While I was doing my research on the origin of the gugelhupf I came across a gugelhupf recipe from the pastry store Zauner in Bad Ischl. This gugelhupf recipe claims to be the gugelhupf that the Emperor Franz Joseph of Austria used to have for breakfast. You can read my blog entry about the story behind the gugelhupf here.
The town Bad Ischl (located in Upper Austria) was the summer residence of the Emperor Franz Joseph of Austria (1830-1916). Franz Joseph built a villa for his mistress Katharina Schratt (1853-1940) and the villa of his mistress was very close to the residence of Franz Joseph and his wife Empress Elisabeth of Austria (better known as Sisi and they got engaged in Bad Ischl). There was a secret path from his residence to the mansion of his mistress and it is said that he visited his mistress every day while he spent the summer months in Bad Ischl (in fact the relationship between Franz Joseph and Katharina Schratt was supported by Sisi).
|Emperor Franz Joseph of Austria, 1898. His mistress Katharina Schratt.|
During Franz Joseph’s daily breakfast visits his mistress made a gugelhupf or she ordered a gugelhupf from the pastry store Zauner. The inhabitants of Bad Ischl used to say after the emperor left the villa of his mistress in the morning time “Now the emperor just had his daily gugelhupf” (“Jetzt hat der Kaiser grad wieder sein’ Steinkogler Gugelhupf verspeist!”)
|Bad Ischl during the k. und k. Empire.|
Who knows if this story is true or not and who knows if this is the original gugelhupf recipe of Franz Joseph but who does not like a good story, right?
I tried out the recipe and it turned out that this was one of the best gugelhupf I ever made: so moist and flaky and the right amount of sweetness. It is the perfect Sunday breakfast treat. I will never make another gugelhupf recipe than the Franz Joseph Gugelhupf recipe below.
|Katharina Schratt and Franz Joseph in 1895.|
Makes one gugelhupf
- 180 ml milk
- 20 g fresh yeast
- 350 g all-purpose flour
- 100 g unsalted butter
- 120 g granulated sugar
- 4 egg yolks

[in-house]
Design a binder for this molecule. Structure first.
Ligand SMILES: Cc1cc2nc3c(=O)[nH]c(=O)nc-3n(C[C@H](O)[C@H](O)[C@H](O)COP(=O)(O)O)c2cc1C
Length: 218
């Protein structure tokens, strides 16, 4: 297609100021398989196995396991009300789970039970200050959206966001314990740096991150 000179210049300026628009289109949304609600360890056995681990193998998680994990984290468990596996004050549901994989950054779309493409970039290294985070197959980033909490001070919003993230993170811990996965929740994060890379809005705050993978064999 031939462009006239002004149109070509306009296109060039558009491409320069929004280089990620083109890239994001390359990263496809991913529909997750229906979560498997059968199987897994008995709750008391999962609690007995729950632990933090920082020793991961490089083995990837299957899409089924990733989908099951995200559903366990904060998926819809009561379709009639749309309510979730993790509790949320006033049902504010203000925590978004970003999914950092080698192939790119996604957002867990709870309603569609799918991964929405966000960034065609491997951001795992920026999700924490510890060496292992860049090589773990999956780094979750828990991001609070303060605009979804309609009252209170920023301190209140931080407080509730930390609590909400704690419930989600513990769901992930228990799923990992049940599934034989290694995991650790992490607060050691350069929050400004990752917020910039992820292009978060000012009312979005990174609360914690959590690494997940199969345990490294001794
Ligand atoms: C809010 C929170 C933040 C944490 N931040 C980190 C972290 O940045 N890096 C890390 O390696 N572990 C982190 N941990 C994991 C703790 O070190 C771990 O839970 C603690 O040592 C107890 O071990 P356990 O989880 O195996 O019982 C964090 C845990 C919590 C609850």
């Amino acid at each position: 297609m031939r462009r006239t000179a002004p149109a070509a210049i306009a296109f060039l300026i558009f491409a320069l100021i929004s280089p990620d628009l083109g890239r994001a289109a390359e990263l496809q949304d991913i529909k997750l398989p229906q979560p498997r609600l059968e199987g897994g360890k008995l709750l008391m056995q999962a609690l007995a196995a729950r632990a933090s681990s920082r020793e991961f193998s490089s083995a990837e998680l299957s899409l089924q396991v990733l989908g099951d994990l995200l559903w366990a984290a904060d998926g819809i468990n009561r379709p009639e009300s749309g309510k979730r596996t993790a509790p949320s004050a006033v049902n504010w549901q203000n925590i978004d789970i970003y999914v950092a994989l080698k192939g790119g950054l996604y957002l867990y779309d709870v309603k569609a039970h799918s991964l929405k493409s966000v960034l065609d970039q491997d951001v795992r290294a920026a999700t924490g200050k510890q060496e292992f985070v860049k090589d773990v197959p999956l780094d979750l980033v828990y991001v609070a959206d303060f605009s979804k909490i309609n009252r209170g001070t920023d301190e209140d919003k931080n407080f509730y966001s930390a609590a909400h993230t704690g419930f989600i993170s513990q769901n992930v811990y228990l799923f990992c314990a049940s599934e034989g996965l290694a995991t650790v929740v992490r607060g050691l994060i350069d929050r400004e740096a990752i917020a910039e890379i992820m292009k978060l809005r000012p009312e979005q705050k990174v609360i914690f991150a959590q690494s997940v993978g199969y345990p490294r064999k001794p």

- 1 pinch of salt
- Lemon zest of half of an organic / untreated lemon
- 1 tablespoon of cinnamon
- 100 g raisins
- A handful of almond flakes
- 1 tablespoon of unsalted melted butter
- Powdered sugar
- Heat the milk in a small saucepan until lukewarm.
- Crumble the yeast into a big bowl. Pour the lukewarm into the bowl and stir until the yeast is dissolved in the milk. Add 1/3 of the flour to the yeast mixture and mix well. Cover the bowl with a kitchen towel and let it rest in a warm and draft-free place.
- In the meantime whisk butter and sugar until creamy. Add egg yolks and whisk for another minute; then add a pinch of a salt and lemon zest to the mixture.
- Add the yeast mixture and the remaining flour to the egg mixture. Knead the dough with your hands until the dough is smooth. If the dough is too sticky add more flour.
- Cover the dough with a kitchen towel and let the dough risefor 30 minutes in a draft-free and warm place.
- Butter and flour a gugelhupf mould. Sprinkle the bottom of the moulds with almond flakes.
- Take the dough out of a bowl and knead on a well-floured surface.
- Roll the dough into a square (about 2 cm thick). Sprinkle the square with the raisins and cinnamon. Roll the square into a roll and place the roll into the gugelhupf mould.
- Brush the surface of the gugelhupf with melted butter. Cover the mould with a kitchen towel and let it rest for about 20 minutes or until the dough has risen to the edge of the gugelhupf mould.
- Preheat the oven to 180 °C.
- Bake the gugelhupf for 20 to 25 minutes. After ten minutes baking time, check your gugelhupf. If the top is already golden brown, cover with aluminum foil.
- Let the gugelhupf cool for 15 minutes. Remove from the mould and sprinkle with powdered sugar.
- The gugelhupf tastes best while still warm (with butter and homemade jam).
Update: A few days after I wrote this blog entry I went to Baden (a little spa town outside of Vienna). Can you imagine what happened to me? While I was strolling around the little alleys of the town I suddenly saw a little sign on a run-down building which said:"This is the Schratt House and here the actress Katharina Schratt was born". I was standing in front of the house a few minutes and the people who walked past me must thought I was a little meshuge. But I do not blame them because how could they know that I just wrote an article about the Franz Joseph Gugelhupf and his mistress Katharina Schratt? I did not know that Katharina Schratt was born in Baden and it was purely coincidence that I passed this house. For a moment (or two or until today) I could not believe the coincidence. Those moments make me happy.
If you ever visit Baden (it used to be a famous spa town in the past, you can visit the Beethoven house where Beethoven wrote his 9th symphony) the "Schratt House" is located in the Theresiengasse (street number 1).